This training teaches employees to pause and think before they click. However, this popular sentiment can be expanded in light of the evolving cyber-threat landscape. Employees should think before they post on social media, before they trust the voice behind a phone call and before they believe a video of a media personality online. Using this mentality can protect them at work and in their personal lives. 

Additionally, education should be delivered to members. Social engineering attacks often impersonate financial institutions, so ensure members know what official contact from your credit union looks like in comparison to a scam.

03./ The MGM Attacks

The recent attack against the MGM Resorts in Las Vegas garnered major attention for all the worst reasons. The attack was rather simple, preventable and yet detrimental to MGM and the guests of their hotels and casinos. 

Perpetrators: The ALPHV/BlackCat ransomware group is suspected of being behind the attack. 

Attack type: According to a provocative tweet by Vx-underground, it all started with a quick vishing phone call. The criminals found an MGM employee on LinkedIn to impersonate and called the help desk for a password change. The request was approved, and chaos ensued from there. 

The goal of these cyber gangs after gaining entry using social engineering is usually to initiate a ransomware attack. For example, just a few days before the MGM attacks, the Las Vegas casino and hotel operator Caesars paid a $15 million ransom to appease a cybercrime group disrupting their systems.  

MGM reportedly did not pay any ransom, and instead worked alongside the FBI to try and catch the criminals and resolve the issue, all while suffering through the turmoil of the attack.

Victims: MGM Resorts and subsequently their hotel and casino guests, who would have experienced attack-related disruptions to their Vegas vacation plans.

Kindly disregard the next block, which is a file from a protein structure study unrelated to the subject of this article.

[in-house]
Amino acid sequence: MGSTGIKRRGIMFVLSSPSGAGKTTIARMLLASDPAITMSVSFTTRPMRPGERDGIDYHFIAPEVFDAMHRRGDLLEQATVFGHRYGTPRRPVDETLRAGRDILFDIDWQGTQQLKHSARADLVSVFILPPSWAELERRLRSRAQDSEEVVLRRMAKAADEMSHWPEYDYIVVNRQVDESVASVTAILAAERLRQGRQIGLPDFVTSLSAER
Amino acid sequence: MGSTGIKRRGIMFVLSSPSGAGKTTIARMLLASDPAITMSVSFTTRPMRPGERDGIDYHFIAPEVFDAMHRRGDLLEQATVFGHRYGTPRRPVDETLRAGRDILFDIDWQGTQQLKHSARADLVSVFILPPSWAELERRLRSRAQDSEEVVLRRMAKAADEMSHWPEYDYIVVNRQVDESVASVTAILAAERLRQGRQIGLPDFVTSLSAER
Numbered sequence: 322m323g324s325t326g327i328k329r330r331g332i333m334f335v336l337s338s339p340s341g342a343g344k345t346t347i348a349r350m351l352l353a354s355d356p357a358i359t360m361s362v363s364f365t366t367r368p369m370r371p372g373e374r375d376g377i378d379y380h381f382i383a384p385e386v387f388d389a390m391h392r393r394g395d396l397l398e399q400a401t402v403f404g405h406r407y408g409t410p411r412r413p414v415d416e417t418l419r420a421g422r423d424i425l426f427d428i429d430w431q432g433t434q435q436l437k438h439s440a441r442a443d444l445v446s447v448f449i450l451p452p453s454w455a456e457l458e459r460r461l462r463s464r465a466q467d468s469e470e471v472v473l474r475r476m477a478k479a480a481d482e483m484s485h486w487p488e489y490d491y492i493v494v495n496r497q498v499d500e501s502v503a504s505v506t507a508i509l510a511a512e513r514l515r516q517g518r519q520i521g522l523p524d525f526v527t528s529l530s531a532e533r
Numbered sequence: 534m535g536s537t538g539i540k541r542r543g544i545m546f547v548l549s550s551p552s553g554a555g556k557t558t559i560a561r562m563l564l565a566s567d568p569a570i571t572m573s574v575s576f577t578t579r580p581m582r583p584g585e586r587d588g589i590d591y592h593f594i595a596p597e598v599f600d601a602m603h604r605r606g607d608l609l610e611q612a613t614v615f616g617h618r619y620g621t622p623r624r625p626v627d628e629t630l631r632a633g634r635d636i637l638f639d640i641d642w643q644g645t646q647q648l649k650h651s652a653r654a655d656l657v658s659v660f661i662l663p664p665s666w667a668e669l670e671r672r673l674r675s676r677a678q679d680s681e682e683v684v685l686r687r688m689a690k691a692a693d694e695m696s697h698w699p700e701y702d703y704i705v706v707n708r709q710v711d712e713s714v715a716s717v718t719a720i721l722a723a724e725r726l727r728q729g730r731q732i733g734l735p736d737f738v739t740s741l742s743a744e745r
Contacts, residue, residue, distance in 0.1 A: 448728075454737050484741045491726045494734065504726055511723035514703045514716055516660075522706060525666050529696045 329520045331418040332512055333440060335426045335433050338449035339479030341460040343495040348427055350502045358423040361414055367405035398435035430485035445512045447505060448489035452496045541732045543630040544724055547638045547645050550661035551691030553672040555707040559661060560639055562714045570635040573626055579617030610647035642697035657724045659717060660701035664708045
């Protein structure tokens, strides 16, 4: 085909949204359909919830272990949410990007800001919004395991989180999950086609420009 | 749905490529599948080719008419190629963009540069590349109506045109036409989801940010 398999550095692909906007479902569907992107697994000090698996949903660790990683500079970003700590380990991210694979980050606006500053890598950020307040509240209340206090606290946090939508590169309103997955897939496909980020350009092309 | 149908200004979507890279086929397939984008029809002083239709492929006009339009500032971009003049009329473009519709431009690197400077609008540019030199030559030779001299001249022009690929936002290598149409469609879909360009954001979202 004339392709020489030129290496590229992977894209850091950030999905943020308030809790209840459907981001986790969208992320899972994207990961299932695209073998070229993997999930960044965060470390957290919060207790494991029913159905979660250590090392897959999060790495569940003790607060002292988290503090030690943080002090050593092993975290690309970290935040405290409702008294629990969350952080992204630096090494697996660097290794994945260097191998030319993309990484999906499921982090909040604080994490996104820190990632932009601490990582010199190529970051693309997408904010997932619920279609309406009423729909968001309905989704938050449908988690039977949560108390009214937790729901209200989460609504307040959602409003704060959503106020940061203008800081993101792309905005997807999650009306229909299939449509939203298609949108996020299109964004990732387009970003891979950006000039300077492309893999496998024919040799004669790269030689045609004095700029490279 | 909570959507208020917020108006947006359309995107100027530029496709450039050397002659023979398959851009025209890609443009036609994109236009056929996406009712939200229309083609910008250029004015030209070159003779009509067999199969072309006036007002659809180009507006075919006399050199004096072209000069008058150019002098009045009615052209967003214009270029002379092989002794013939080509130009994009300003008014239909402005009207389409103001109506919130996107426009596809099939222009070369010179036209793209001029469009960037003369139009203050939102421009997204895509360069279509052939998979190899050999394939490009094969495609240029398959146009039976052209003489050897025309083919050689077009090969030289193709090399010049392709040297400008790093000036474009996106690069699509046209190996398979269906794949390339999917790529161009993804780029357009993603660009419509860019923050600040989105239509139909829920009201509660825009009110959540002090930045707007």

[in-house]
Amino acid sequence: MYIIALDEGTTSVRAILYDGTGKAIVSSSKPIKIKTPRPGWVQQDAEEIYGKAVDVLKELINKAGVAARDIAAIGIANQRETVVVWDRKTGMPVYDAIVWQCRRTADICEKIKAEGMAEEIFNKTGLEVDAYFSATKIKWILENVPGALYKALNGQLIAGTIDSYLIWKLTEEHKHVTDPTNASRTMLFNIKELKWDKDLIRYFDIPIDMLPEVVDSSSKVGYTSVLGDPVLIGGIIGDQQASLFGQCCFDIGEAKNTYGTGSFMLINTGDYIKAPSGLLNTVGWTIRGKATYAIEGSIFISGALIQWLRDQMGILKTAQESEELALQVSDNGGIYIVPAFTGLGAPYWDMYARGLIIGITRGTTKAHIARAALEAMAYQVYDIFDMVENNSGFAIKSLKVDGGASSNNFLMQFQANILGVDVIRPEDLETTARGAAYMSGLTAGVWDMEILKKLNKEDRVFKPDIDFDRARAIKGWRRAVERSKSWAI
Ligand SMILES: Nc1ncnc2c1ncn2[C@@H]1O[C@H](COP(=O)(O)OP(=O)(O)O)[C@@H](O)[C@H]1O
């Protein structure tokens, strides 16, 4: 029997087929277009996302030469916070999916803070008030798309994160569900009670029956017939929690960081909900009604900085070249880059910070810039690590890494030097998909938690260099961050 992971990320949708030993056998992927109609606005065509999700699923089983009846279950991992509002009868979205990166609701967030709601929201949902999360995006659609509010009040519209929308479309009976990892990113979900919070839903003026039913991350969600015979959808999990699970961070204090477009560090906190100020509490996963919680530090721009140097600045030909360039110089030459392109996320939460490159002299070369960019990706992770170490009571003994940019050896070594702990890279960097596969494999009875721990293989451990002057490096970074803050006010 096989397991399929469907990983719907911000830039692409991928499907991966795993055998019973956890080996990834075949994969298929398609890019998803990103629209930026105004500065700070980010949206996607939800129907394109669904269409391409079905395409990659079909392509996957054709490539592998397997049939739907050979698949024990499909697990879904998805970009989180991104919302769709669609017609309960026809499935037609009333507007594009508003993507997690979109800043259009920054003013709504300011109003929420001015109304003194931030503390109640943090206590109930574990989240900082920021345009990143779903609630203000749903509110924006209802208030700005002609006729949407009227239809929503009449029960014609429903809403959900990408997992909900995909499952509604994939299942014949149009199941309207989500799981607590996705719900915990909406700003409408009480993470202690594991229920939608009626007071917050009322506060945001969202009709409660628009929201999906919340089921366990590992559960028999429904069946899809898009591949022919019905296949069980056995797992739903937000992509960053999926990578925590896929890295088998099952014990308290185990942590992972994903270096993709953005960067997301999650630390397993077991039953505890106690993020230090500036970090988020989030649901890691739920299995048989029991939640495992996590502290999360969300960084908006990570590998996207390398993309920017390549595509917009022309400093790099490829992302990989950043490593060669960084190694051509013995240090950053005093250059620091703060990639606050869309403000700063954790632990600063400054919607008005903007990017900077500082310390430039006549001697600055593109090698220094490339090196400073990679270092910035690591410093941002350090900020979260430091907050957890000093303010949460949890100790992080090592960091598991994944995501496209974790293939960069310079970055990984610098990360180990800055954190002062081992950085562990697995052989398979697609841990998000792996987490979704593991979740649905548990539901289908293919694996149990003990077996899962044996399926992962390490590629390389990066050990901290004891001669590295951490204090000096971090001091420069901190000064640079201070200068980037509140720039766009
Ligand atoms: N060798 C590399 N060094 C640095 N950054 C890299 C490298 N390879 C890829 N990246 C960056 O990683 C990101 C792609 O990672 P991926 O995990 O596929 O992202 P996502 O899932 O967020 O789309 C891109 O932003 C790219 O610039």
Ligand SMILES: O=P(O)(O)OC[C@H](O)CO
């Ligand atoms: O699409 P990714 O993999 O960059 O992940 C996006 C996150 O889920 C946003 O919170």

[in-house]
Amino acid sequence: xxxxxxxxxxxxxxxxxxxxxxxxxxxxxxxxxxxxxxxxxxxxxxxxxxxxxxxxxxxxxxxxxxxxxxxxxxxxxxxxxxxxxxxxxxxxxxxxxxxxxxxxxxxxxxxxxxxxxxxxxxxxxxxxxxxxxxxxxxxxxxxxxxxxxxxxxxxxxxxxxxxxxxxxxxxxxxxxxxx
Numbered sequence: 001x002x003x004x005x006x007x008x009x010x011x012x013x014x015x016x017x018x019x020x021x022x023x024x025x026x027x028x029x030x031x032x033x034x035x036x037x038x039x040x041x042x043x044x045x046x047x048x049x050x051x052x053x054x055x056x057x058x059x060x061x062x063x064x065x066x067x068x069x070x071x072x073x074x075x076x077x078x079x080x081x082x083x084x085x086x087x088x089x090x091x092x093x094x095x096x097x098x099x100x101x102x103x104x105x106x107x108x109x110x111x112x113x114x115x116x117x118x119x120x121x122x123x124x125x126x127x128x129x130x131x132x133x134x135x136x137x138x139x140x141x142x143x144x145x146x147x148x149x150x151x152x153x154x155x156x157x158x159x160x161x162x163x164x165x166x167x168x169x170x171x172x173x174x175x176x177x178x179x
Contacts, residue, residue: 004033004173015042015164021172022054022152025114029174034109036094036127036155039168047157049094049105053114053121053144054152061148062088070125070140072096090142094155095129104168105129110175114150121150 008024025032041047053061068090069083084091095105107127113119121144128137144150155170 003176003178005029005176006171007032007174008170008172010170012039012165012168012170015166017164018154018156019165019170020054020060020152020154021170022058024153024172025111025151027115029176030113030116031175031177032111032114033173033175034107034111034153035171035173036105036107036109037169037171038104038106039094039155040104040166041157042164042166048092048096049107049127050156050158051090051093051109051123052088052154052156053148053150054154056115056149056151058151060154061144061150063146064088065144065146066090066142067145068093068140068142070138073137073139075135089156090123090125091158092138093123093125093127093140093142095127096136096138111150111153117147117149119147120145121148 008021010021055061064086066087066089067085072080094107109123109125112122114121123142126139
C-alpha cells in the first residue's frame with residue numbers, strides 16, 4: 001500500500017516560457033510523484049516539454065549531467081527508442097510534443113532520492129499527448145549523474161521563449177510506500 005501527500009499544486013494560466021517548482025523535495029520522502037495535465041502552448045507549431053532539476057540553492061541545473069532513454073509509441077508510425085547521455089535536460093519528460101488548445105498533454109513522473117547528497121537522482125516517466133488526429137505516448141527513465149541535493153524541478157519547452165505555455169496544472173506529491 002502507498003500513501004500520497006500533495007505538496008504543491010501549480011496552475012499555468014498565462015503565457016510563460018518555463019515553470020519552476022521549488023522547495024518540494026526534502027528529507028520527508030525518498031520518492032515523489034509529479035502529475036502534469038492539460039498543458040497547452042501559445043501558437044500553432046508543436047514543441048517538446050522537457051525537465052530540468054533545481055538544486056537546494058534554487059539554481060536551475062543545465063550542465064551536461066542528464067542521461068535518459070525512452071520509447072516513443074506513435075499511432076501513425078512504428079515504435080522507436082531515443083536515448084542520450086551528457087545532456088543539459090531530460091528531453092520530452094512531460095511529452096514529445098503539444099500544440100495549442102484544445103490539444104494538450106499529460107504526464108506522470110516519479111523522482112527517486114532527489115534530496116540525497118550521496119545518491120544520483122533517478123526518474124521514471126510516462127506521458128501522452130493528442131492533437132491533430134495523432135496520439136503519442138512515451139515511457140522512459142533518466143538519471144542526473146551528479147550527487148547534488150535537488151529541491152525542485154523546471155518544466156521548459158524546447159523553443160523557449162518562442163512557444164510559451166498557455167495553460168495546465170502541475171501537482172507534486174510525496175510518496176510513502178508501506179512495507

What Can Credit Unions Learn from the MGM Attacks? 

Following the news of the attacks, North America watched as MGM’s name was dragged through the media. The hotel and casino operations were severely impacted, including gaming machines being out of order and guest key cards not working. This led to reputational damage and the economic loss of $100 million.  

Consider a ransomware attack that causes credit union members to lose access to their accounts or essential banking services. Members would be rightfully upset and panicked, like the guests of the hotels and casinos in Vegas. However, unlike giant companies like MGM or Caesars, credit unions do not have the means to simply pay off an attacker in hopes that they will go away. 

This means prevention is key. Rumors have begun circulating about MGM’s security levels prior to attack, including one account claiming that they were using outdated and vulnerable servers. Organizations of all sizes need maintain up to date security measures, and train employees about social engineering. 

In this exploration of recent cyber-attacks, we’ve uncovered a common thread: the need for organizations to implement unwavering security vigilance. Credit unions must safeguard their systems and educate their employees and members— and Celero is here to help. 

To learn more about how we can assist you with all your security needs and questions, talk to your Celero Account Executive or contact us.   

About Celero
Celero is a leading provider of digital technology and integration solutions to credit unions and financial institutions across Canada. Clients trust Celero’s proven track record delivering innovative banking technologies, digital and payment solutions, cloud computing, outsourcing, IT and advisory services.